Nighttime can be an extremely difficult period for individuals with bronchial asthma. All asthma patients have more sensitive airways at night. Those with increased attacks at night, “nocturnal asthma,” have been found to experience an eight fold increase in airway hyperreactivity. Remember, the presence of nocturnal attacks is one of the factors that differentiates mild from moderate and severe asthmatics.
Adding to the significance of nocturnal asthma is increasing data that fatal attacks are more common at night. Several studies show a greater incidence of severe and fatal attacks between midnight and eight A.M. This data has prompted greater investigation into the source and treatment of nocturnal asthma.
What Causes Nocturnal Asthma?
At one time it was thought nocturnal asthma was caused by the “wearing off” of medication during the night. Further research has shown that many factors are involved.
It is well documented that there is a natural rhythm of the body in which many organs function differently during the night. The adrenal gland is no exception. During sleep the adrenal gland manufactures less cortisone and epinephrine, causing a drop in their blood levels. Both of these substances are protective against asthma to a certain extent and the dip in blood levels may be one explanation for nocturnal asthma attacks.
Consider the Environment
Patients suffering nocturnal asthmatic attacks should look carefully at their bedrooms for sources of irritation. Potential allergens commonly found in bedrooms include feather pillows, animal dander, and dust mites. Simply using pillow and mattress covers may dramatically reduce nocturnal attacks.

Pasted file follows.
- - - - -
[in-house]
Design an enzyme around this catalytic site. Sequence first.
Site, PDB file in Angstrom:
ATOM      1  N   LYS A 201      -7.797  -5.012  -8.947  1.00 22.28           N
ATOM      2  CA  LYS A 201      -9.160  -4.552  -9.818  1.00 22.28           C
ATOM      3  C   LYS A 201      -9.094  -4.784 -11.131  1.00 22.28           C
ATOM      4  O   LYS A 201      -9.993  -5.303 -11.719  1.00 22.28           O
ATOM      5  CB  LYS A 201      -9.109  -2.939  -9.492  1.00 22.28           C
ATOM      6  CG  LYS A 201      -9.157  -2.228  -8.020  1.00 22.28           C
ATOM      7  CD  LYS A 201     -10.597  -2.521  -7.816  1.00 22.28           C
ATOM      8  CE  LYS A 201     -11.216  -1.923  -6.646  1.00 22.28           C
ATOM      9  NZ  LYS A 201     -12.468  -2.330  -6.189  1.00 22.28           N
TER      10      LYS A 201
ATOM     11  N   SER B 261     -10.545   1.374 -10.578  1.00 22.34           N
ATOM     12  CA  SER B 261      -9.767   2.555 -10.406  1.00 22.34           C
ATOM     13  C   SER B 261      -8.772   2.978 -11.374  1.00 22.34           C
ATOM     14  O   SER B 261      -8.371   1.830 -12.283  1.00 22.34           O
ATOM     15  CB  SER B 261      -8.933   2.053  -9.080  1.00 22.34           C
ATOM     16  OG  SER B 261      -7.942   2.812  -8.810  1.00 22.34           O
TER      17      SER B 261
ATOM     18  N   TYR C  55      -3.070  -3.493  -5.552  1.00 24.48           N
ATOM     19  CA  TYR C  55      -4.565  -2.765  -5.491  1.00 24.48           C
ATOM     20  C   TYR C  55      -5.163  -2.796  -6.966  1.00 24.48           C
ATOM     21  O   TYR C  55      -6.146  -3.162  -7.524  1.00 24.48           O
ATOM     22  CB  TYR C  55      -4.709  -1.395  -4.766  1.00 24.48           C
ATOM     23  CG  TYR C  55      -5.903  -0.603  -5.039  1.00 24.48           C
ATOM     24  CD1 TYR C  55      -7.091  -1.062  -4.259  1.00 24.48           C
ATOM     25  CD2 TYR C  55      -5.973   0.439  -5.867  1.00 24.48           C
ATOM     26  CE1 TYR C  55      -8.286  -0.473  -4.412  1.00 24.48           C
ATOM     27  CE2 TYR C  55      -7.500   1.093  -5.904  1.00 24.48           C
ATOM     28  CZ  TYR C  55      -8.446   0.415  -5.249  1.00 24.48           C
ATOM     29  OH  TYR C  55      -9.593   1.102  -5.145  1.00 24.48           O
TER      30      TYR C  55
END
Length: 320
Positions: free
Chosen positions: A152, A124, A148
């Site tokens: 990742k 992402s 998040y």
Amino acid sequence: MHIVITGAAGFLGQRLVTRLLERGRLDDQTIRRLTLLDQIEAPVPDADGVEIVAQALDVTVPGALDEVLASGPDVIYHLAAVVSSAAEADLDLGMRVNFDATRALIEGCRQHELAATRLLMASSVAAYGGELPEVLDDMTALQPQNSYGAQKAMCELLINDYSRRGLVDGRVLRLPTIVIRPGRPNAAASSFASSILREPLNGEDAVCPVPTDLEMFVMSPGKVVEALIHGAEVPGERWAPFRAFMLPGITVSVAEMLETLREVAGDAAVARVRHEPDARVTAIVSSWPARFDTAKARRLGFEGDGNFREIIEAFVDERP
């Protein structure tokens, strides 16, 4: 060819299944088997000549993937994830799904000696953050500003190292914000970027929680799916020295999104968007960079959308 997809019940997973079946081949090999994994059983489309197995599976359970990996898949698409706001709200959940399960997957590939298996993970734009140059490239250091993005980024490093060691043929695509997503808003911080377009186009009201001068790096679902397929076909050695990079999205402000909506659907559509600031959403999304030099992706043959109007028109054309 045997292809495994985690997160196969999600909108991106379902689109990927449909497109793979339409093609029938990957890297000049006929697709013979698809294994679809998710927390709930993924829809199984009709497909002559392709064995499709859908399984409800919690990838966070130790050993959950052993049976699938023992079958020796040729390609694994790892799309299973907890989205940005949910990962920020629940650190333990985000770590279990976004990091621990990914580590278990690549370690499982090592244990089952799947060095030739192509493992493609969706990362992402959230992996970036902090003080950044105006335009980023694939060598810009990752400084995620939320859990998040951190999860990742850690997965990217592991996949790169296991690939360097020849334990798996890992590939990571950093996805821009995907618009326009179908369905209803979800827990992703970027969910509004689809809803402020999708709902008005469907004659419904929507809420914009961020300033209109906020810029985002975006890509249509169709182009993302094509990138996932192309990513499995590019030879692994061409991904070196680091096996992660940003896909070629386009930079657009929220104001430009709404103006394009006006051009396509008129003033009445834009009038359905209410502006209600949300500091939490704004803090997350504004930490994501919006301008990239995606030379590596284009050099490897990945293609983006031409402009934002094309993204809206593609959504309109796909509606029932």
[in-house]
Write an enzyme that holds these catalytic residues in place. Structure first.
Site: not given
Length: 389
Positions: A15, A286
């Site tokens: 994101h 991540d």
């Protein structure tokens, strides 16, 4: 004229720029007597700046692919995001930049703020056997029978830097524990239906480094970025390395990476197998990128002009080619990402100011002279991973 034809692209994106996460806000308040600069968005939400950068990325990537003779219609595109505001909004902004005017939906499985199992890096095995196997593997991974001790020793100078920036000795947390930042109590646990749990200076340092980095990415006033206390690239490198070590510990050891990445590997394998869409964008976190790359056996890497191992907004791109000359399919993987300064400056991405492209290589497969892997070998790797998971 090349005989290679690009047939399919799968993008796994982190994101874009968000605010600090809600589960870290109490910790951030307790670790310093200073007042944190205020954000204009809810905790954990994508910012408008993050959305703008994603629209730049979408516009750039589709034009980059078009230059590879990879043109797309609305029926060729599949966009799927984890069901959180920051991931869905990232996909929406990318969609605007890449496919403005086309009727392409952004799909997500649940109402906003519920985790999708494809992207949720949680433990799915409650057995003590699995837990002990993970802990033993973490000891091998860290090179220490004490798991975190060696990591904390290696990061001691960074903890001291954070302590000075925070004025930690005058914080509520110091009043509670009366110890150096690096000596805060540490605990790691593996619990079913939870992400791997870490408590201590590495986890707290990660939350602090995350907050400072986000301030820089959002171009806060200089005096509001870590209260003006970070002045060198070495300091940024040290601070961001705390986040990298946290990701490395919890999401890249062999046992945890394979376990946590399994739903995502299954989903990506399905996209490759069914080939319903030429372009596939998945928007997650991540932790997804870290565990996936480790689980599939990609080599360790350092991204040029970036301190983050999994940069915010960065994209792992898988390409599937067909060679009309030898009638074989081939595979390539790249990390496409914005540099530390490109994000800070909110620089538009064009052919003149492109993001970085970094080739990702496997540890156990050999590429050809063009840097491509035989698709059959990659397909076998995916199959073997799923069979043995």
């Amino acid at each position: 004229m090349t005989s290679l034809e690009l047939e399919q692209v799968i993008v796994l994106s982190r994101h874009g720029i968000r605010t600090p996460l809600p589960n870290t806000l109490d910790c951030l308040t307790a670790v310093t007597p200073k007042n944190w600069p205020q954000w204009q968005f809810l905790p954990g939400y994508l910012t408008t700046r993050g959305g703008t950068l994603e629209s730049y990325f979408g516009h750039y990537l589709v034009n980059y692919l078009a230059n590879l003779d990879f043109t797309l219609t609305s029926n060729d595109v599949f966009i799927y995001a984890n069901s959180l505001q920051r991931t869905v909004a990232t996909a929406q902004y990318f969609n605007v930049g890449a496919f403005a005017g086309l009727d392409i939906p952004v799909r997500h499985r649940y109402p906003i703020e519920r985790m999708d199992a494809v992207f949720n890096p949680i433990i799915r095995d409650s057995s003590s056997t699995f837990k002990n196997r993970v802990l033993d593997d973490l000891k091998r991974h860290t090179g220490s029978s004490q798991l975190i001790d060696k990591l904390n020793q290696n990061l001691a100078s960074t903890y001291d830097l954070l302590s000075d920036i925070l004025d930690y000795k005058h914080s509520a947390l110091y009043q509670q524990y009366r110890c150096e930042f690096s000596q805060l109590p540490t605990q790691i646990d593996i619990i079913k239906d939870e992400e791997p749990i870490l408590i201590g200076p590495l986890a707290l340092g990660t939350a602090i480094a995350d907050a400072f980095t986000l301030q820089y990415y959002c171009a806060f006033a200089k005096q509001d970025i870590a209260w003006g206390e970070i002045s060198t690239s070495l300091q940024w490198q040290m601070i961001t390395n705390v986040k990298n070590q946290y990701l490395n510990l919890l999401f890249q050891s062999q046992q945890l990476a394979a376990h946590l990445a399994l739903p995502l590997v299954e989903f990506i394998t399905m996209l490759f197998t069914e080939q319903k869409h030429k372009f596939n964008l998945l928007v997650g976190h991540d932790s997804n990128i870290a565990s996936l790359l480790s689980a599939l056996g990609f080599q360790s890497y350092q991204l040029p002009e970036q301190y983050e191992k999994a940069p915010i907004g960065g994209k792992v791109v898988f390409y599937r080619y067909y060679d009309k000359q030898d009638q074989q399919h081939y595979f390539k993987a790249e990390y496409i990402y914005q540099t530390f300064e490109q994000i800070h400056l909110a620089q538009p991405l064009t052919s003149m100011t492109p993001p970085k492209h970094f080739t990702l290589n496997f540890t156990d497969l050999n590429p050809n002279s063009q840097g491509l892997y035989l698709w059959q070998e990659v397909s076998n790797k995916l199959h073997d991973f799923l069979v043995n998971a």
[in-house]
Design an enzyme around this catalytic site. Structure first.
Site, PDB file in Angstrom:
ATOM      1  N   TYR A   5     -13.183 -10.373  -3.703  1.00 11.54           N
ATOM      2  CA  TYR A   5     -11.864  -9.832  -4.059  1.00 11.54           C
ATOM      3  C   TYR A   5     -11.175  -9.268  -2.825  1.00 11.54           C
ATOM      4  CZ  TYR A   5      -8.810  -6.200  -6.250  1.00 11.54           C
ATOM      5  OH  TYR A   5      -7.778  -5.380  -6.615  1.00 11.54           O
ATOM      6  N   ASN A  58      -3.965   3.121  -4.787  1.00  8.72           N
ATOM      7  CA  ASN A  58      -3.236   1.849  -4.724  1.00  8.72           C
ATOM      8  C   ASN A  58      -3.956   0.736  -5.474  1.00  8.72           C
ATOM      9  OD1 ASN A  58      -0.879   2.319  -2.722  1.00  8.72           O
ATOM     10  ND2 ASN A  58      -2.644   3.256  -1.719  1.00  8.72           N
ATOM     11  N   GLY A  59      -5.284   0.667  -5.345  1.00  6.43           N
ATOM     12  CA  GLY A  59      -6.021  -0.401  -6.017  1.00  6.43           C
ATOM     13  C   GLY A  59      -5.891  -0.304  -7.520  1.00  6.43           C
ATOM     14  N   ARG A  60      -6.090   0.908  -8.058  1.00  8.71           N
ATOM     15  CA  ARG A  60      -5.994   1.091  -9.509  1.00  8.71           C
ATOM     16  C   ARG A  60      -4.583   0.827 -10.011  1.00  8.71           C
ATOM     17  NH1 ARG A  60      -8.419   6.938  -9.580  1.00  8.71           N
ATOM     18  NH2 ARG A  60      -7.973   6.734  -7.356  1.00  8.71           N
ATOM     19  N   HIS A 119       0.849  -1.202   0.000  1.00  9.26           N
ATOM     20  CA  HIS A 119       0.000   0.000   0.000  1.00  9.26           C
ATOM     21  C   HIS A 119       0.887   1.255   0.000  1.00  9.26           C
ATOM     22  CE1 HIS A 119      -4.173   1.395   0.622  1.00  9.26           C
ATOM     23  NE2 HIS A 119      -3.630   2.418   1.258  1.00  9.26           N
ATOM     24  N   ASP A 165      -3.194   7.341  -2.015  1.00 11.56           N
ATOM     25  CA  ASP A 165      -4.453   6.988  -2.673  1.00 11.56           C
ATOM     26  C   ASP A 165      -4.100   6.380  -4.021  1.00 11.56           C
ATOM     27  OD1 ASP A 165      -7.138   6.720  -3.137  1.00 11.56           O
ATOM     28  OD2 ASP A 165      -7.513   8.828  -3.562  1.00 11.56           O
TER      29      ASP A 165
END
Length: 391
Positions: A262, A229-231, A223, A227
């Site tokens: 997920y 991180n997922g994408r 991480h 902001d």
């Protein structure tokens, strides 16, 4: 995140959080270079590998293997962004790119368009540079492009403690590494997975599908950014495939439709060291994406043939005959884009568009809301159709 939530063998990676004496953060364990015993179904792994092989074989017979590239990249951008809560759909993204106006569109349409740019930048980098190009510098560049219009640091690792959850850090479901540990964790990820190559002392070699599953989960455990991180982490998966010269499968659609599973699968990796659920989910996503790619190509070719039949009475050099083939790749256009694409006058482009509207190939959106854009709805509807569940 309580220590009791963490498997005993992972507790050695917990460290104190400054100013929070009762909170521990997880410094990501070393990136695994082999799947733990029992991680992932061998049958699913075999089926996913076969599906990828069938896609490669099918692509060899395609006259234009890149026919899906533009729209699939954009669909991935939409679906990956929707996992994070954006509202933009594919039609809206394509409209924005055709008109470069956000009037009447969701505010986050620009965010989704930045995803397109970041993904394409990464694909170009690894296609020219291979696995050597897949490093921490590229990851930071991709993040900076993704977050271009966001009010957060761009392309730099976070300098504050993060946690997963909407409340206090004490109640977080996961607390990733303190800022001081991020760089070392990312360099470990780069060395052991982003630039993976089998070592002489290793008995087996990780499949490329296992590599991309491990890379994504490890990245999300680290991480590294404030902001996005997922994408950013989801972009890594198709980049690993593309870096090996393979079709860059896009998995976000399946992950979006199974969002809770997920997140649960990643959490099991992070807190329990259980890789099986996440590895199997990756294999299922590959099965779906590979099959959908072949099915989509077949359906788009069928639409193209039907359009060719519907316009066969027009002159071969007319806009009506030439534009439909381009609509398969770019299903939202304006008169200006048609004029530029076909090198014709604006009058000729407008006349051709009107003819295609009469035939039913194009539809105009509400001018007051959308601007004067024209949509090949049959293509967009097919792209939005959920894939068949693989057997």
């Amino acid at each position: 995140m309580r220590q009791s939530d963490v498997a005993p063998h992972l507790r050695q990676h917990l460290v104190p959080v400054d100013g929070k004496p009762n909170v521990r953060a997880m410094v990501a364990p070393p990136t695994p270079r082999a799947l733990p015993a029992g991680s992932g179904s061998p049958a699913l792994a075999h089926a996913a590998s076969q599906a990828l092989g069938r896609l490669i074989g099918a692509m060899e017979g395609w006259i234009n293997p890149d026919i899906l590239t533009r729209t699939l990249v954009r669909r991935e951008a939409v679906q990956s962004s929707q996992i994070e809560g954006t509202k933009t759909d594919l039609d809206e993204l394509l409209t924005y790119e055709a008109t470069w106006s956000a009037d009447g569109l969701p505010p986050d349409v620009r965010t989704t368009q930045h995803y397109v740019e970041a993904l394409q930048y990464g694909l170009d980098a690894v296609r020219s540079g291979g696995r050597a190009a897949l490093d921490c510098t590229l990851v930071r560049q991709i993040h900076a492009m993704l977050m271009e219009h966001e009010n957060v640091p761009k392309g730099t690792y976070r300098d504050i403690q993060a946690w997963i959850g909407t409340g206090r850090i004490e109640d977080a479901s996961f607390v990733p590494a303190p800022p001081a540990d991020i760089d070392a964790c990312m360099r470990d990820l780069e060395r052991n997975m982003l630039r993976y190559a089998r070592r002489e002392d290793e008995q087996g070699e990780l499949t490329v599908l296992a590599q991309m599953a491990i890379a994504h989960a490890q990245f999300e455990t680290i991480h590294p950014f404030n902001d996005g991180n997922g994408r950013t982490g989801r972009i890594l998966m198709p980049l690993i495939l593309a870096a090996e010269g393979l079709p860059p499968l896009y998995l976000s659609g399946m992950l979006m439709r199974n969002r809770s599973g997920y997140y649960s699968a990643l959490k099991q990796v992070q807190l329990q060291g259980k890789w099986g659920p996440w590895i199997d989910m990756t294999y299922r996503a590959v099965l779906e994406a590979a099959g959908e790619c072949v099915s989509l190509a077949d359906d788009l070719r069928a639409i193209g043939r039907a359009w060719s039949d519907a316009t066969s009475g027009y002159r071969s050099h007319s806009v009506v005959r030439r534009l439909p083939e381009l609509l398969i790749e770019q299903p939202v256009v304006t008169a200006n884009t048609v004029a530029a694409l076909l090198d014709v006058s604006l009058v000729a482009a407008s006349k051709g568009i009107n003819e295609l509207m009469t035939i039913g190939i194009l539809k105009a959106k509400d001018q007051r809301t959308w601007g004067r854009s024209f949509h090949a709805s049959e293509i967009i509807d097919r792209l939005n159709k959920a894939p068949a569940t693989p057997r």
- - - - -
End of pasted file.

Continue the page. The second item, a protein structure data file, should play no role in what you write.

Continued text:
The relationship between asthma and the stomach was discussed. Some doctors believe some nocturnal asthmatic attacks may be caused by reflux of stomach acid into the esophagus and throat where it may be aspirated into the bronchial tubes. Aggressive treatment of gastroesophageal reflux may reduce the frequency of nocturnal attacks.
Sinusitis and Nocturnal Asthma
Animal studies suggest that aspirating infected material from the sinuses into the lower throat and bronchial tubes may produce nocturnal asthma attacks. Although this effect has yet to be proven in patients with asthma, the strong possibility of a connection should reinforce vigorous treatment of sinusitis.
Other Factors in Nocturnal Asthma
Additional factors may also play a role in nocturnal asthma. It appears there is some cooling of airways at night. In asthmatics this change in temperature may be enough to produce asthma attacks. This mechanism also plays a role in exercise induced asthma.
Some element in the nervous system may also be more active at night. The vagus nerve in the cholinergic nervous system is more active at night, and an increase in vagal tone may constrict the bronchial airways. In asthma patients that may increase the frequency of attacks.